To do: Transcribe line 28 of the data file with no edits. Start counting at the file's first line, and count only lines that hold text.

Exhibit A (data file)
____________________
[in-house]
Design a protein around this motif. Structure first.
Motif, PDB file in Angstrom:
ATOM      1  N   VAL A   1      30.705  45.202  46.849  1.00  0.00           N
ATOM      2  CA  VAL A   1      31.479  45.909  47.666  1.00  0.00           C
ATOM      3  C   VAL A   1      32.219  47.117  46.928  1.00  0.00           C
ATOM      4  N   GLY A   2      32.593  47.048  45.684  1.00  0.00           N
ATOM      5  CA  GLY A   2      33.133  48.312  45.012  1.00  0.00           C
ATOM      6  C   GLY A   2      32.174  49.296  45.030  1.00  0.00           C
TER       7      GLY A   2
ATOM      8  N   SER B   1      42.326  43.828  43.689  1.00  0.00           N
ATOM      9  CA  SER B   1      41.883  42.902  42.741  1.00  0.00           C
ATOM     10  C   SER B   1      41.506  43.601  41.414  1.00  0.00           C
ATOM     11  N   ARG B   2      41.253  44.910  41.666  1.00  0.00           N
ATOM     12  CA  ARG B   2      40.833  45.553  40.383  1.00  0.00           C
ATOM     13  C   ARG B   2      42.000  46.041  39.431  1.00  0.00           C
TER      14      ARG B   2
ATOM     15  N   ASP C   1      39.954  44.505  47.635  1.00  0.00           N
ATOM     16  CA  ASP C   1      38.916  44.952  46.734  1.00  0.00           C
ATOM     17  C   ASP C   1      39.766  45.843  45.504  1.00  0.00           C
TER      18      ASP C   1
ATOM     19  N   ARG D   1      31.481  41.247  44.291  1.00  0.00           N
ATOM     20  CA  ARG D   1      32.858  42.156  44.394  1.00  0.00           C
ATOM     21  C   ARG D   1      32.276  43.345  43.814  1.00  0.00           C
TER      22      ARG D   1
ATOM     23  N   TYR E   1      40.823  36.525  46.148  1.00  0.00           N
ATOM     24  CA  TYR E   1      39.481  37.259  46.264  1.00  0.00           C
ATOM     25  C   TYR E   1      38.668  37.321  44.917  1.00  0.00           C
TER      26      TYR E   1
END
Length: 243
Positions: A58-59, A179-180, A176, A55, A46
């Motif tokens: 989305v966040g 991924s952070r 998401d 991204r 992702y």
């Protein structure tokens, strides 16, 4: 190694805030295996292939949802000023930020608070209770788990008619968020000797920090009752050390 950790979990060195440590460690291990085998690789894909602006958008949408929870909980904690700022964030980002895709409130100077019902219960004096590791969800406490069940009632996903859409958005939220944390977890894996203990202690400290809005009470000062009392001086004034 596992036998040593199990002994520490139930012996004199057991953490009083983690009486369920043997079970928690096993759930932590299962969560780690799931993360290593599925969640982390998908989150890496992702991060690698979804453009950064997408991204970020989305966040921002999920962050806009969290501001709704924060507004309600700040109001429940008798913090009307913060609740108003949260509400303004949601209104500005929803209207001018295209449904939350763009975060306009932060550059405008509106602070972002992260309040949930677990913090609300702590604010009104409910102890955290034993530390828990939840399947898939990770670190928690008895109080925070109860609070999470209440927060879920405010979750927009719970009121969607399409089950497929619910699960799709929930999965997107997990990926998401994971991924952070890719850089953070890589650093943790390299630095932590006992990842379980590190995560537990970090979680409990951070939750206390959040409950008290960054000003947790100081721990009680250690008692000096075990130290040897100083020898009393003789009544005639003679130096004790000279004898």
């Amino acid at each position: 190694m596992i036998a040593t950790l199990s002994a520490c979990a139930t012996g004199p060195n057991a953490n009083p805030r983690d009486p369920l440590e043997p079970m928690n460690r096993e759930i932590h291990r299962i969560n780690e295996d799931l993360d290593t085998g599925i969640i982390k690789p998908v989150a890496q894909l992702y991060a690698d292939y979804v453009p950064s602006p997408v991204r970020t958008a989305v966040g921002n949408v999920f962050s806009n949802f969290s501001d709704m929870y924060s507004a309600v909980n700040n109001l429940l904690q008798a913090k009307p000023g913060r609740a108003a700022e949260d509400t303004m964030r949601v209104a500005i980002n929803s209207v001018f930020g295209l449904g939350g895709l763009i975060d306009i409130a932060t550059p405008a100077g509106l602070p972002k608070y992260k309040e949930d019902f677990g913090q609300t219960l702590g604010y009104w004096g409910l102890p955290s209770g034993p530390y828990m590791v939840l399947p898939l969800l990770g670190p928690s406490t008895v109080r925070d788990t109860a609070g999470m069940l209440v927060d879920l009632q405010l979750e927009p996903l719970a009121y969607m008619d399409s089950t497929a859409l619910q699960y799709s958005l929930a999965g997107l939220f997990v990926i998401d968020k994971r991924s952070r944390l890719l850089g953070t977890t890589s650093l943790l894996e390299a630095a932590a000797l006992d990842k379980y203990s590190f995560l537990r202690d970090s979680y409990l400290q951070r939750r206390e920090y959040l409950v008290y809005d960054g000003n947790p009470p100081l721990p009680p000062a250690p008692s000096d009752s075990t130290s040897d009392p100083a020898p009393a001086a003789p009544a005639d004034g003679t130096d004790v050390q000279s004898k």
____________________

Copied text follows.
ATOM     25  C   TYR E   1      38.668  37.321  44.917  1.00  0.00           C